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Here's what I'm trying to do:

  1. I use NSFetchedResultsController to perform a fetch and track changes using its delegate
  2. I download some data and depending on some condition I sometimes delete all local data stored by CoreData by removing the NSPersistentStore and recreating a new one.
  3. I create managed objects based on the data and save them
  4. NSFetchedResultsController should now inform me that I have some changes

What I get instead is this crash when trying to save the data:

CoreData: error: Serious application error. Exception was caught during Core Data change processing. This is usually a bug within an observer of NSManagedObjectContextObjectsDidChangeNotification. Object's persistent store is not reachable from this NSManagedObjectContext's coordinator with userInfo (null)

I'm always using a single NSManagedObjectContext and I always read & save on the main thread.

It seems that switching the NSPersistenStore somehow messes up the fetched results controller. Is this expected behavior or am I doing something wrong?

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2 Answers 2

I would not recommend this approach. I would create a new MOC with your new persistent store and let go of the old MOC.

I assume at some point you call -[ManagedObjectContext reset]? Before you do that, you have to let go of all managed objects that come from that context. They all become invalid (which is likely the cause of your crash).

You should also take a look at How to force coredata to rebuild sqlite database model?.

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Tried with reset as well; still no change. I am already removing/adding the persistent store with removePersistentStore:error addPersistentStoreWithType:configuration:URL:options:error. If I need to recreate the MOC then I presume I have to recreate the NSFetchedResultsController as well; I am trying to avoid that to reduce coupling in the app –  Mihai Damian Feb 10 '12 at 14:54
    
Yes, I believe removing the NSFetchedResultsController would be core to the solution. I can't think of a way to rip all the data out (without change notices via calls to deleteObject:) while keeping around objects that reference that data. –  Rob Napier Feb 10 '12 at 16:10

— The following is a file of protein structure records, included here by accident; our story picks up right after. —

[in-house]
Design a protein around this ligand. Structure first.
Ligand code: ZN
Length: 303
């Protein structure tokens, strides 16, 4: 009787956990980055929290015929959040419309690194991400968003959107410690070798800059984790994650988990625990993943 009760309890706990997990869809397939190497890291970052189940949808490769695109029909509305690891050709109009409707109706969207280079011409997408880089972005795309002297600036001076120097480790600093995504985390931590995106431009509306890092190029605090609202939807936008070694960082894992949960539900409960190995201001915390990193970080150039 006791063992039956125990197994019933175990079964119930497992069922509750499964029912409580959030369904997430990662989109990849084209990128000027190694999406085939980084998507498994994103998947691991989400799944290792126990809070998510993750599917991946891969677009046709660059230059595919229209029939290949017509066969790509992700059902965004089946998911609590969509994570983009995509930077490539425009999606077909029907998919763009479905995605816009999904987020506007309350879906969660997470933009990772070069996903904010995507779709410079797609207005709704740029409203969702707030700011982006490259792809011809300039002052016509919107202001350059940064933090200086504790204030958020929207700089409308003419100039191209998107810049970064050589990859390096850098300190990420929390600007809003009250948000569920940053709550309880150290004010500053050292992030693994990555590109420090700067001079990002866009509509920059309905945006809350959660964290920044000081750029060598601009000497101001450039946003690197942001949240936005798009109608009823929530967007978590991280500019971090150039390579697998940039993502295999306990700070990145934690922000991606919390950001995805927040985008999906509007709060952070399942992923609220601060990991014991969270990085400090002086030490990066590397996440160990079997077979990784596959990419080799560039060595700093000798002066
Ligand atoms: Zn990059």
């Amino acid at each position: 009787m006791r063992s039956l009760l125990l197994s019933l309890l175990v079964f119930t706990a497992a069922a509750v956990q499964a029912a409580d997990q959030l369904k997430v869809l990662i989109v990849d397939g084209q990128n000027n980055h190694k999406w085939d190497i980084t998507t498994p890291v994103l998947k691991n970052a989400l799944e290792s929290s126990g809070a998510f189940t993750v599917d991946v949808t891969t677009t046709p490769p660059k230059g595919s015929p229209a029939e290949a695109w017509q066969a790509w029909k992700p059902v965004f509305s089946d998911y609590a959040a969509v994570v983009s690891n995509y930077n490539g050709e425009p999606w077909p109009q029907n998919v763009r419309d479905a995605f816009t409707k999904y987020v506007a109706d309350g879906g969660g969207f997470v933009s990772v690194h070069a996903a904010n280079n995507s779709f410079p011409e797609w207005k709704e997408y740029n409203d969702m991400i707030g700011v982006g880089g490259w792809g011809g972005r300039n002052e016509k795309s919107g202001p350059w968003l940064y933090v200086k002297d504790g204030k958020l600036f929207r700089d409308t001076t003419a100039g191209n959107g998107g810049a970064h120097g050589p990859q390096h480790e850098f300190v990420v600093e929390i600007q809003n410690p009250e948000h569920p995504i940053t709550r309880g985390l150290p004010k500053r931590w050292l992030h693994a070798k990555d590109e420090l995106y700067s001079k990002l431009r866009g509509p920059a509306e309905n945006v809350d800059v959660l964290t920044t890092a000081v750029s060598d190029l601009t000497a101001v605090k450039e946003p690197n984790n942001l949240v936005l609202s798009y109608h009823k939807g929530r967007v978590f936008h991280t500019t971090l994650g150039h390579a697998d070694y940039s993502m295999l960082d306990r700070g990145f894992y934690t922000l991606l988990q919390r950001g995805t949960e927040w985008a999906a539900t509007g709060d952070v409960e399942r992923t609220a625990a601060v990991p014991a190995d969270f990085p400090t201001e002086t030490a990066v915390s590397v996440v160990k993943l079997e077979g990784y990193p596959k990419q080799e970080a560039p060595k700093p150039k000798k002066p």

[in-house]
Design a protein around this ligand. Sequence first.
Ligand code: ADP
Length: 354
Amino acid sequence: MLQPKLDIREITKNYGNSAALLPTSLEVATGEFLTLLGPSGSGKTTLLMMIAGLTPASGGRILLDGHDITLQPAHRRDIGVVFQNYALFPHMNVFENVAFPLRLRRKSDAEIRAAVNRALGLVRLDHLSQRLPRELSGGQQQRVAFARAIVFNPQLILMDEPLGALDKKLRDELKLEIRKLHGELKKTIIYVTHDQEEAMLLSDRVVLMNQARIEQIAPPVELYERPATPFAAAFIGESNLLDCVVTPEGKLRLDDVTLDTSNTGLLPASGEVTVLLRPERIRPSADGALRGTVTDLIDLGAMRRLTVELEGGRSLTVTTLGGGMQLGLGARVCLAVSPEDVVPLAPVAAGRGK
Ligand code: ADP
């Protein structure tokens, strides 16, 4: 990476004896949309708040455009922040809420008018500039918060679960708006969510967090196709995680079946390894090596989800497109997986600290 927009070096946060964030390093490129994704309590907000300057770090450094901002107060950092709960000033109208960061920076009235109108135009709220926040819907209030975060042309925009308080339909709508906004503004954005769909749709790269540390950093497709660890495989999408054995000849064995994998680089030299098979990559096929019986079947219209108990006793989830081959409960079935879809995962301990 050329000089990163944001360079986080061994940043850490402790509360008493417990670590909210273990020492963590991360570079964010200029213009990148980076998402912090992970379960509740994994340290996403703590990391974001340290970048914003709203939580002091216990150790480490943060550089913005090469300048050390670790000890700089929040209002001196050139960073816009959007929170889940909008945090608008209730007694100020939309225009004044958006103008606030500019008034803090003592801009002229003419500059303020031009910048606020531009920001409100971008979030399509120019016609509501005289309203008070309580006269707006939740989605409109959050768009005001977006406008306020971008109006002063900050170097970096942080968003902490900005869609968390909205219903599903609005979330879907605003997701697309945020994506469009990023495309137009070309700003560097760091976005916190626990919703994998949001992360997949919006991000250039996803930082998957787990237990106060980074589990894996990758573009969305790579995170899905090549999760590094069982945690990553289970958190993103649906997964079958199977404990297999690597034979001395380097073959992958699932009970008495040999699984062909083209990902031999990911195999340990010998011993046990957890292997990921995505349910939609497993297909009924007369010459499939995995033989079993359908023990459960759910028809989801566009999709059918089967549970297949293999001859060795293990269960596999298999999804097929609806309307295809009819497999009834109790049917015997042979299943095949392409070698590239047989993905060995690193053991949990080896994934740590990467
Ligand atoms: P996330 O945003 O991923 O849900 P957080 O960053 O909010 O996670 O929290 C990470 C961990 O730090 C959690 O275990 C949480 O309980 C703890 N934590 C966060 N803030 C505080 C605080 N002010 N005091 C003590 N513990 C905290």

Well in theory NSFetchedResultsController could be notified by the MOC once it's underlying storage vanishes that all the objects in its result set were deleted. No idea how this is handled internally though. –  Mihai Damian Feb 10 '12 at 16:33
    
@RobNapier, I need your help, I am facing a issue while resetting all my data from coreData. here is my question stackoverflow.com/questions/19358095/core-data-reset –  Ranjit Oct 15 '13 at 13:44

I had the same crash. Following Rob's suggestion, I additionally posted an NSNotification each time I called removePersistentStore: - and all my ViewControllers that have an NSFetchedResultController now automatically nullify their local NSFetchedResultsController when that happens.

i.e.:

1 - LISTEN TO NOTIFICATION:

-(id)initWithCoder:(NSCoder *)aDecoder
{
    self = [super initWithCoder:aDecoder];
    if (self) {
    // Custom initialization
    [[NSNotificationCenter defaultCenter] addObserverForName:kNotificationDestroyAllNSFetchedResultsControllers object:nil queue:nil usingBlock:^(NSNotification *note) {
        NSLog(@"[%@] must destroy my nsfetchedresultscontroller", [self class]);
        [__fetchedResultsController release];
        __fetchedResultsController = nil;
        }];
    }
    return self;
}

2 - POST NOTIFICATION

for( NSPersistentStore* store in [self.persistentStoreCoordinator persistentStores] )
{
    NSError *error;
    NSURL *storeURL = store.URL;
    [self.persistentStoreCoordinator removePersistentStore:store error:&error];
    [[NSFileManager defaultManager] removeItemAtPath:storeURL.path error:&error];

    /** ... side effect: all NSFetchedResultsController's will now explode  */
    [[NSNotificationCenter defaultCenter] postNotificationName:kNotificationDestroyAllNSFetchedResultsControllers object:self];
}
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hi @Adam, you code is not working for me –  Ranjit Oct 15 '13 at 14:33

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